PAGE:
Though an estimated one in five people exhibit some type of neurodivergence, we still live in a world of neuronormative standards. This means that these individuals are often forced — explicitly or indirectly — to mask their behaviors in order to “fit in”. This can cause serious harm to people’s sense of self-worth, increasing their chances of experiencing poor mental health.
However, as science advances our understanding of this aspect of human diversity, the road toward inclusion becomes less obstructed over time. At the same time, treatment becomes more effective and accessible.
Though not intended as a substitute for professional counseling, our list of productivity tips can help make day-to-day tasks appear a little more doable. Here are our top productivity “hacks” for people with ADHD.
1. Create a clear plan of action
Creating two separate to-do lists (one for the day and one for the week) can help you structure the days ahead. Using post-it notes or a magnetic board can help you create a visually stimulating plan of action, which you can also easily reorganize.
To begin, you would shift around tasks from your weekly to-do column to your tasks for the day. A third column can be created for any tasks you complete. Your daily tasks can also be ranked by priority, with the most urgent ones at the top. Alternatively, a productivity journal or printable list could also work.
2. Divide your tasks into smaller tasks
Any complicated or time-consuming task can appear daunting at first. And when you’ve got a Loch Ness Monster of a task in front of you, turning your back and calmly walking away may seem like the reasonable thing to do.
That’s why breaking up your tasks into smaller, more achievable steps helps. A 2,000-word essay, for example, has multiple components: an introduction, the main arguments and a conclusion. Start by creating an outline for each component and doing a bit of research to come up with ideas for each paragraph. Having a clear, easy-to-follow guide makes things easier.
3. Start with the easiest tasks
Gaining a sense of accomplishment early in the day can give you the much-needed motivation you need to keep going. That’s why it’s good to start with the less daunting stuff on your list.
This is particularly helpful when dealing with smaller subtasks that add up to form one larger entry on your to-do list. Crossing each little bit out can be extremely satisfying — and it will be even more energizing when you’re achieving it while preserving brainpower.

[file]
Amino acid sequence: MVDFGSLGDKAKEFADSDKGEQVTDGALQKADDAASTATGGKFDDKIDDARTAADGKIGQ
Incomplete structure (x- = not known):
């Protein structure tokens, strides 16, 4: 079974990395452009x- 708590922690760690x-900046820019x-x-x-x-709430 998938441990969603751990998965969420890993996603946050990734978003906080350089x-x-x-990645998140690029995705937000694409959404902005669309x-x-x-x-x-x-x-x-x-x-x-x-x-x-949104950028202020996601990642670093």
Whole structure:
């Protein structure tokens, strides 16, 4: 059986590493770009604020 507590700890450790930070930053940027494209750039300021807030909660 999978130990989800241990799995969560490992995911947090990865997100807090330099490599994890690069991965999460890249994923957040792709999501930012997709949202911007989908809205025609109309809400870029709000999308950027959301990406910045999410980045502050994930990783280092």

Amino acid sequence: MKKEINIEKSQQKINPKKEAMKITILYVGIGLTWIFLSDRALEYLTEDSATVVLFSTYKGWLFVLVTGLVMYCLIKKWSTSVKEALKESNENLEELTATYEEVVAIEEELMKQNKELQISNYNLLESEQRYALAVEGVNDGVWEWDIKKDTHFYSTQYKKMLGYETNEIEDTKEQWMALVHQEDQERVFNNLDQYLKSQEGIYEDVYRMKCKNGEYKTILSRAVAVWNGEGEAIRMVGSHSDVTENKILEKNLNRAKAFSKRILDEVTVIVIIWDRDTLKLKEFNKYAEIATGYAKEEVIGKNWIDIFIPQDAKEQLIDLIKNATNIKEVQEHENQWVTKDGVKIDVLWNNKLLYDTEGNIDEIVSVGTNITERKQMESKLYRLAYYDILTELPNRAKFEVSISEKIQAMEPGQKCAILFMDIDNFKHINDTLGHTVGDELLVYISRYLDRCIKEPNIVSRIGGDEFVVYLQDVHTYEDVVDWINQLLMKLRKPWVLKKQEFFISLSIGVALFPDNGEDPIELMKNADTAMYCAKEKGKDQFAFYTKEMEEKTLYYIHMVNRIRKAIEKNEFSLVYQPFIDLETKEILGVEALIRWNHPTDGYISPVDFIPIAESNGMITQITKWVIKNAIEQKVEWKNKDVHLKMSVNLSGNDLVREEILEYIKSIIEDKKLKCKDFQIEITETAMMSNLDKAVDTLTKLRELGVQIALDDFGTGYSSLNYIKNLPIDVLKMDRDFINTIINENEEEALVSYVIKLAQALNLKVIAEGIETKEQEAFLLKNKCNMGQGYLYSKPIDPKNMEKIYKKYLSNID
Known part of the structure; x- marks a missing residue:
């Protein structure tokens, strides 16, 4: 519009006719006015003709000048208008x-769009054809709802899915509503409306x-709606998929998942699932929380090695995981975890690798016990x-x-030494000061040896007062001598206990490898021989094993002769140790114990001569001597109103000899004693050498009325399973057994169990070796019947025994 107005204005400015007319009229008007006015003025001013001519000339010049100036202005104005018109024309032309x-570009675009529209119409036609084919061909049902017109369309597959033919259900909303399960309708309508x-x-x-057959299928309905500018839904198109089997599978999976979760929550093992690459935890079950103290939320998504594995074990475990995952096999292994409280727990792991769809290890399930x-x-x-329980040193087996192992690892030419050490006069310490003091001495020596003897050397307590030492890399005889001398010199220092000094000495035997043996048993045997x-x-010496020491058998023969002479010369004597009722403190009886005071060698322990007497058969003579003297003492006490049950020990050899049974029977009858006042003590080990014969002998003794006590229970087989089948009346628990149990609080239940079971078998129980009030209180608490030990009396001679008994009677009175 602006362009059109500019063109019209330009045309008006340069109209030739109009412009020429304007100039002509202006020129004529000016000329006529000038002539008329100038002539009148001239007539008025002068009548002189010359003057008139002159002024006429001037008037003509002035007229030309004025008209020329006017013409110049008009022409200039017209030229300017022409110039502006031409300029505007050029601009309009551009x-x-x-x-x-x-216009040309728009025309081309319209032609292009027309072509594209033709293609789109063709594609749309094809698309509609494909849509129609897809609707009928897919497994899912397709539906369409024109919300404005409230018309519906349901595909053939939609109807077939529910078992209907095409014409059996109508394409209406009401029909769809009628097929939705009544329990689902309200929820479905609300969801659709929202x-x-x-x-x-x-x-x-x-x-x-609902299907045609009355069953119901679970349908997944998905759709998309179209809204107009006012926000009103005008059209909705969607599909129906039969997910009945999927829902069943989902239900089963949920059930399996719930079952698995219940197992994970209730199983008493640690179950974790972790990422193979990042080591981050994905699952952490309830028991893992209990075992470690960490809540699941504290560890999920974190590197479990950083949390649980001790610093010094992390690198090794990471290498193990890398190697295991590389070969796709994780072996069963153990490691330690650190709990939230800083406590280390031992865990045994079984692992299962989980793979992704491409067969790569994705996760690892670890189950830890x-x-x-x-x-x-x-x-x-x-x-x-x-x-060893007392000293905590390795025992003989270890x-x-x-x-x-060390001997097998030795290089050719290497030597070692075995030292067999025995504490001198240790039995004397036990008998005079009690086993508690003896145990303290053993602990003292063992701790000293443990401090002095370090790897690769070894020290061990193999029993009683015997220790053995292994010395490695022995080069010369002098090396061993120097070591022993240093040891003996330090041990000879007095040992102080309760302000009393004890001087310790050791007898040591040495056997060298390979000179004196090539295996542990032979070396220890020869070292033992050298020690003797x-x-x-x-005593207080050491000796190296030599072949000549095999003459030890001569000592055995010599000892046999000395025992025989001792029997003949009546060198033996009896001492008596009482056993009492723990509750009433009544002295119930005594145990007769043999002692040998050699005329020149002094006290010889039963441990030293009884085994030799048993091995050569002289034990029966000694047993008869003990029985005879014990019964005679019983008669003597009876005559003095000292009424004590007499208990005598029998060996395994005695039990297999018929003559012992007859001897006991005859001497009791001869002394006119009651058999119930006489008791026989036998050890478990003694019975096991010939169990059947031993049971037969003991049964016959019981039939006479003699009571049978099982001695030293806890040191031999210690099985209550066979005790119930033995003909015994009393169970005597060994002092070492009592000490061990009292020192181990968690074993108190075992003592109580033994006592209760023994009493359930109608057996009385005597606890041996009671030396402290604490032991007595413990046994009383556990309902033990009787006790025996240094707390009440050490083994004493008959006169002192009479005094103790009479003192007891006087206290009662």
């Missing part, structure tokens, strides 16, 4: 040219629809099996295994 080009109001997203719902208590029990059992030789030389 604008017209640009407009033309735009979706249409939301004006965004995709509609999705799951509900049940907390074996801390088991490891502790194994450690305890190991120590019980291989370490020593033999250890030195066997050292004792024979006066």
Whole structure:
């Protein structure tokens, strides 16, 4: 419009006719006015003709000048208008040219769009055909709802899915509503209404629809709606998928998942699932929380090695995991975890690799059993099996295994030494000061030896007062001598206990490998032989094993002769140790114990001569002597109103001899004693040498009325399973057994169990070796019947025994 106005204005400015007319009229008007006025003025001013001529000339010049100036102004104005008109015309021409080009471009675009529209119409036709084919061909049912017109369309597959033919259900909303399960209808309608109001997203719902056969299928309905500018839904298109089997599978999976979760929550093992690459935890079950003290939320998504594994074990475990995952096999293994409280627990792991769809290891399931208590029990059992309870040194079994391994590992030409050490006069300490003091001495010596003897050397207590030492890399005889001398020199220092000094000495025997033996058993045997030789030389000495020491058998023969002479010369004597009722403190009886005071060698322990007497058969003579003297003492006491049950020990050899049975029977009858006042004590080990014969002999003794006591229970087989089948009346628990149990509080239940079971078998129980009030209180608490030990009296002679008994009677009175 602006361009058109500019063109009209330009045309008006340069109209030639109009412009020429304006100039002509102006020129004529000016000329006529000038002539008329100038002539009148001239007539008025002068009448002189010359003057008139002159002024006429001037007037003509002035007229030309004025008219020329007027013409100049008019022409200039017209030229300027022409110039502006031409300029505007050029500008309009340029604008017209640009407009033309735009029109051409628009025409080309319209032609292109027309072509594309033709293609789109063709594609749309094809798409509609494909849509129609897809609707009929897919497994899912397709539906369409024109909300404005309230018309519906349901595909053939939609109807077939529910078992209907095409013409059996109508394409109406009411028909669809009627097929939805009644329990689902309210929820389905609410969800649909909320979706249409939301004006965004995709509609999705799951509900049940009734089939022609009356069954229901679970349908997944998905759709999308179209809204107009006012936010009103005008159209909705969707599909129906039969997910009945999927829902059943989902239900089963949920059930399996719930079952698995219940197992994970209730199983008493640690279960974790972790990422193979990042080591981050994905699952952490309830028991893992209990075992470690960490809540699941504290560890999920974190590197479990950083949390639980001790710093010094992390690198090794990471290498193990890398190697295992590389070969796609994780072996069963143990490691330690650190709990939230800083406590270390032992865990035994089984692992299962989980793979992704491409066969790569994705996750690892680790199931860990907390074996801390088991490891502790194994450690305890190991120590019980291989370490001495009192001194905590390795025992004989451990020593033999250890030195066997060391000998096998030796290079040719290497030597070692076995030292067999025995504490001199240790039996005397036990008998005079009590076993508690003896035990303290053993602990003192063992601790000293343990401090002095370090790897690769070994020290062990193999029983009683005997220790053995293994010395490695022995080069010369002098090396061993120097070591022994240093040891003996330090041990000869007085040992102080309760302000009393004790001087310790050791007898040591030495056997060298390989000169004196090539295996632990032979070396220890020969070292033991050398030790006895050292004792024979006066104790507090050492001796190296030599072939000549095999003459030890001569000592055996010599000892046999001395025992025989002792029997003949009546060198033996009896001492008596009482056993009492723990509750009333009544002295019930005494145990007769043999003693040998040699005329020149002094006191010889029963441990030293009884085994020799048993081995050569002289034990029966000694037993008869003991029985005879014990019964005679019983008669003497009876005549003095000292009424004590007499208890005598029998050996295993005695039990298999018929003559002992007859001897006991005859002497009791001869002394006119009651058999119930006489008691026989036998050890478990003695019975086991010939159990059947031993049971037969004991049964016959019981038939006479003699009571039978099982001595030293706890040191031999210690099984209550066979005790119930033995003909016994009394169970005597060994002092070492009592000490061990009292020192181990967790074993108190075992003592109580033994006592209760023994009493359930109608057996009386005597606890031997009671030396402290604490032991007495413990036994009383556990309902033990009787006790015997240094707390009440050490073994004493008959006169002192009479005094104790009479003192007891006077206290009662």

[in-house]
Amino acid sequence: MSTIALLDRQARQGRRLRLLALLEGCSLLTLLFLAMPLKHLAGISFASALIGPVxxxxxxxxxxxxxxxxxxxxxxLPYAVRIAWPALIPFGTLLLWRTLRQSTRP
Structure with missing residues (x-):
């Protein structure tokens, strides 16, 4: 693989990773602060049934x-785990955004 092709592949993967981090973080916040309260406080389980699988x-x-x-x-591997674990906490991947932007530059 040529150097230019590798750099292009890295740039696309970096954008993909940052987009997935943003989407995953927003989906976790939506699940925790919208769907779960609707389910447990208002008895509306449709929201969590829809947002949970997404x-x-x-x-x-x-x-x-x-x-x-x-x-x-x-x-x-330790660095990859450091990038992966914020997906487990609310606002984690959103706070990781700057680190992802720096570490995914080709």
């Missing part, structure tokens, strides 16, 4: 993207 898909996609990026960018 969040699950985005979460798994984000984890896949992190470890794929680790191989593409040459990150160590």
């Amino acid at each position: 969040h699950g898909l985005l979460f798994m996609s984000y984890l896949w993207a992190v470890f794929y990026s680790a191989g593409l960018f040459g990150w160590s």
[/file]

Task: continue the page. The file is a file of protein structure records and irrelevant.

4. Write down some priority reminders
Some days, several tasks on your list will appear urgent at once. However, you won’t be able to simultaneously pay attention to every single one — and that’s okay.
In times like these, it can be helpful to note down the following next to each task: when the task is due, and why it’s important that you complete it. For example, if a coworker or classmate is waiting for you to do your work, unable to get on with theirs in the meantime, taking note of this can give you a push.
Quick, to-the-point reminders like this can make prioritizing quicker and help you stay focused.
5. Create a distraction-free workspace
Whether you’re revising at home or working at the office, it’s good not to have too many gadgets or trinkets lying around on your desk. Sometimes, when stress-inducing deadlines are looming over you, nearby objects may begin to appear extraordinarily fascinating. You may find yourself more inclined to studying your glitter pen than putting a single word on paper.
Getting rid of the extras can do wonders. So can a pair of noise-canceling headphones, especially when you’re working in a noisy environment.
6. Overestimate how much time you’ll need
Do you ever find yourself thinking “I have plenty of time for this task; no need to sweat it”, only to find yourself scrambling to get it done at the last possible moment? Though the task itself could, in theory, take a short amount of time, the process of putting it off usually takes longer.